Félix Auger-Aliassime, meanwhile, reached the semi-finals of the men’s singles draw. His route to the last four included victories over No. 18 seed Roberto Bautista Agut and rising star Carlos Alcaraz Garfia who, at 6-3, 3-1 down, was forced to retire in the second set. Auger-Aliassime succumbed to the eventual champion, Daniil Medvedev, 6-4, 7-5, 6-2 but no one can deny his run was further proof that a first-career title can’t be far away for the Montrealer.
As the tennis season enters its latter stages, fans will soon turn their attention to the Davis Cup and Billie Jean King Cup Finals in November. Canada has teams competing in both events and each have a shot at claiming the title of World Champions. From November 1-6 in Prague, Czech Republic, interim captain Sylvain Bruneau will lead Leylah Fernandez, Rebecca Marino, Gabriela Dabrowski and Francoise Abanda in their efforts to claim the Billie Jean King Cup crown. Meanwhile, in Madrid from November 25 to December 5, Frank Dancevic and his team will be hoping to go one further than 2019 when they lost the final to Spain.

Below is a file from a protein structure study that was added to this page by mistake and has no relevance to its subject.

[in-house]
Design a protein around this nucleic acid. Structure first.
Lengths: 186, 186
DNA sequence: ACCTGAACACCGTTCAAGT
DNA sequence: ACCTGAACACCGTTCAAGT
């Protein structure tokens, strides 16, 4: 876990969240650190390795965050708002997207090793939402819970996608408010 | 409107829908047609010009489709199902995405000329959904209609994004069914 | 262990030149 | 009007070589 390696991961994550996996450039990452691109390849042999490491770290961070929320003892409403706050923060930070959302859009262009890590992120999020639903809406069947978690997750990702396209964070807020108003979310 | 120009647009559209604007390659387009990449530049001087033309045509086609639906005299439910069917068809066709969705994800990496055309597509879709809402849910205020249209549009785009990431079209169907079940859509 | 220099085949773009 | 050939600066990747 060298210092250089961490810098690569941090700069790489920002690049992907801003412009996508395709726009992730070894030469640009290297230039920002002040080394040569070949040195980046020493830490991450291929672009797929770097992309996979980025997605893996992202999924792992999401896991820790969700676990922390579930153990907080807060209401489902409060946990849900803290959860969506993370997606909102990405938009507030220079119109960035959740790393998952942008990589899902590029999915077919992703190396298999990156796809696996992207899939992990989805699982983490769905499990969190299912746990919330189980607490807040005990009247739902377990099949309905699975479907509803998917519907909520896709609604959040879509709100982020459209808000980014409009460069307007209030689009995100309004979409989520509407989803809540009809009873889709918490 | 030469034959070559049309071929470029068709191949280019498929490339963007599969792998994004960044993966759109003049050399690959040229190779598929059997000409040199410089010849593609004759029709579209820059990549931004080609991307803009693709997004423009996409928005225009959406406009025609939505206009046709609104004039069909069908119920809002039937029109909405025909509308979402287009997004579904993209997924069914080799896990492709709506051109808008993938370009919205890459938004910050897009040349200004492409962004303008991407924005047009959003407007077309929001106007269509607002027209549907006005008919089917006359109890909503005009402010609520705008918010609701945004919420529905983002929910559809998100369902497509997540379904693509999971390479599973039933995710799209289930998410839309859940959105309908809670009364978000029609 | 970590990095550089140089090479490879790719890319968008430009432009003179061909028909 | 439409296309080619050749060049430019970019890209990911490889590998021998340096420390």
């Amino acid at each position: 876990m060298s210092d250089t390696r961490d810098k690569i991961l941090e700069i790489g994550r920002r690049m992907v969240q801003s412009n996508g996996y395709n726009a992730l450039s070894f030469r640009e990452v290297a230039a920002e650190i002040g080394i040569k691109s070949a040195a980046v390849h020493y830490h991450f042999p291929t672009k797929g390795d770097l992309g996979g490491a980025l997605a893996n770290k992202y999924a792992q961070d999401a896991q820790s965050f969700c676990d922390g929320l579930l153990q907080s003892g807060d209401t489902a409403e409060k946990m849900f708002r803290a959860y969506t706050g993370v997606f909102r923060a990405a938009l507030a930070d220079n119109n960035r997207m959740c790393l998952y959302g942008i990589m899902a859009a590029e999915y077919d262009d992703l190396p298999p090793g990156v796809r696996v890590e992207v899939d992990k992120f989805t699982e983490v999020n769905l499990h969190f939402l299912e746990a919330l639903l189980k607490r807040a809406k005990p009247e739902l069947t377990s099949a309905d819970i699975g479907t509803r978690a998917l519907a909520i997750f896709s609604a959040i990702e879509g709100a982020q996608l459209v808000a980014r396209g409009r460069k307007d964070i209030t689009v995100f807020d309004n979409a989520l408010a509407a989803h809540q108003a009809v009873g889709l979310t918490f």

Every aspect of life was impacted by the COVID-19 pandemic and tennis was no different. Months without any play at all followed by the sport’s return – but in front of empty arenas – was a surreal experience. Events across the world and across Canada were cancelled or postponed and the effects are still being felt. Now, though, more regularly we are seeing fans in the stands and the sport is gradually returning to “normalcy”. It’s a welcome sight and one which we’re sure everyone will continue to appreciate just that little bit more than perhaps we did previously.
As always, Thanksgiving is a time to celebrate with those nearest and dearest to you. We hope that this Thanksgiving, Canadians can share this special time with their friends and families, and perhaps even pick up a racquet and hit a ball or two. As tennis in Canada continues to grow and experience success, we hope our sport has provided a sanctuary for fans and is something to be thankful for during these unprecedented times.